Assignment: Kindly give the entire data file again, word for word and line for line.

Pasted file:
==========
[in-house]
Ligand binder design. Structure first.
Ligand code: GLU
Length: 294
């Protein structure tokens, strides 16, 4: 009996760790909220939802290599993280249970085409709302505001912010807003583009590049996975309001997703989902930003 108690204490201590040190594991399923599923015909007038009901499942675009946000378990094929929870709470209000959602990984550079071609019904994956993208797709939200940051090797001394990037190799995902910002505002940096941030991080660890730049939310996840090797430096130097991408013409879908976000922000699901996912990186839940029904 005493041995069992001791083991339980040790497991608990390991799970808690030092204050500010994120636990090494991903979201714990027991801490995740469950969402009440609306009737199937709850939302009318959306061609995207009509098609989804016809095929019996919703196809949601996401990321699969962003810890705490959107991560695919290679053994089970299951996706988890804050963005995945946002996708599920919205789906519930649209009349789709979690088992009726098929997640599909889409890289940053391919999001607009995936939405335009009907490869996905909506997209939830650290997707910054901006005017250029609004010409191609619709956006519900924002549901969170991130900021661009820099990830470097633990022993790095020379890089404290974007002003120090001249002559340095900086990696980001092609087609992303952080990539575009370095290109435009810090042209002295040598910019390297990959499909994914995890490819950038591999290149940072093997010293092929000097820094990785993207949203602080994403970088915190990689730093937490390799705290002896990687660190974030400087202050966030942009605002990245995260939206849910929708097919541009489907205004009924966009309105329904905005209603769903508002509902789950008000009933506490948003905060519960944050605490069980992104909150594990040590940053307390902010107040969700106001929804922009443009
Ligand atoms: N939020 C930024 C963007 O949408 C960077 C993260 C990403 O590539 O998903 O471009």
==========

[in-house]
Ligand binder design. Structure first.
Ligand code: GLU
Length: 294
């Protein structure tokens, strides 16, 4: 009996760790909220939802290599993280249970085409709302505001912010807003583009590049996975309001997703989902930003 108690204490201590040190594991399923599923015909007038009901499942675009946000378990094929929870709470209000959602990984550079071609019904994956993208797709939200940051090797001394990037190799995902910002505002940096941030991080660890730049939310996840090797430096130097991408013409879908976000922000699901996912990186839940029904 005493041995069992001791083991339980040790497991608990390991799970808690030092204050500010994120636990090494991903979201714990027991801490995740469950969402009440609306009737199937709850939302009318959306061609995207009509098609989804016809095929019996919703196809949601996401990321699969962003810890705490959107991560695919290679053994089970299951996706988890804050963005995945946002996708599920919205789906519930649209009349789709979690088992009726098929997640599909889409890289940053391919999001607009995936939405335009009907490869996905909506997209939830650290997707910054901006005017250029609004010409191609619709956006519900924002549901969170991130900021661009820099990830470097633990022993790095020379890089404290974007002003120090001249002559340095900086990696980001092609087609992303952080990539575009370095290109435009810090042209002295040598910019390297990959499909994914995890490819950038591999290149940072093997010293092929000097820094990785993207949203602080994403970088915190990689730093937490390799705290002896990687660190974030400087202050966030942009605002990245995260939206849910929708097919541009489907205004009924966009309105329904905005209603769903508002509902789950008000009933506490948003905060519960944050605490069980992104909150594990040590940053307390902010107040969700106001929804922009443009
Ligand atoms: N939020 C930024 C963007 O949408 C960077 C993260 C990403 O590539 O998903 O471009």